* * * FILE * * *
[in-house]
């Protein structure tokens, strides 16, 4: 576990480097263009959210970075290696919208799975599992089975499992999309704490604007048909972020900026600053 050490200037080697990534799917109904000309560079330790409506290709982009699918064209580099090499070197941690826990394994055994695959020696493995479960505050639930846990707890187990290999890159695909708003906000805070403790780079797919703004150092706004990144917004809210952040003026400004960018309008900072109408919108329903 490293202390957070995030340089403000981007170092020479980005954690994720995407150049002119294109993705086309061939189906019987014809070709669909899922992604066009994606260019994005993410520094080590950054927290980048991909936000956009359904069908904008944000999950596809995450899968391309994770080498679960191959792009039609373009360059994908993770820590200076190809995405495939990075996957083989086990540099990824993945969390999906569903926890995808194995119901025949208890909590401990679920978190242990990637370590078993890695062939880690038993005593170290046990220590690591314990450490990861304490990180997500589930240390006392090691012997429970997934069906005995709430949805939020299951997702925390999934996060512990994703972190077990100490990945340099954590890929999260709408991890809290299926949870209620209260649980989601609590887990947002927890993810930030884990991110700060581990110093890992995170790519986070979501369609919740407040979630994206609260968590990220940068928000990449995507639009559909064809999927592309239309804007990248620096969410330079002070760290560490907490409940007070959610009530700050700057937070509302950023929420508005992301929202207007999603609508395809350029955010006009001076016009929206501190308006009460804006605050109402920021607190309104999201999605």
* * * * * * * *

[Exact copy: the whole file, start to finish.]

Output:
[in-house]
């Protein structure tokens, strides 16, 4: 576990480097263009959210970075290696919208799975599992089975499992999309704490604007048909972020900026600053 050490200037080697990534799917109904000309560079330790409506290709982009699918064209580099090499070197941690826990394994055994695959020696493995479960505050639930846990707890187990290999890159695909708003906000805070403790780079797919703004150092706004990144917004809210952040003026400004960018309008900072109408919108329903 490293202390957070995030340089403000981007170092020479980005954690994720995407150049002119294109993705086309061939189906019987014809070709669909899922992604066009994606260019994005993410520094080590950054927290980048991909936000956009359904069908904008944000999950596809995450899968391309994770080498679960191959792009039609373009360059994908993770820590200076190809995405495939990075996957083989086990540099990824993945969390999906569903926890995808194995119901025949208890909590401990679920978190242990990637370590078993890695062939880690038993005593170290046990220590690591314990450490990861304490990180997500589930240390006392090691012997429970997934069906005995709430949805939020299951997702925390999934996060512990994703972190077990100490990945340099954590890929999260709408991890809290299926949870209620209260649980989601609590887990947002927890993810930030884990991110700060581990110093890992995170790519986070979501369609919740407040979630994206609260968590990220940068928000990449995507639009559909064809999927592309239309804007990248620096969410330079002070760290560490907490409940007070959610009530700050700057937070509302950023929420508005992301929202207007999603609508395809350029955010006009001076016009929206501190308006009460804006605050109402920021607190309104999201999605």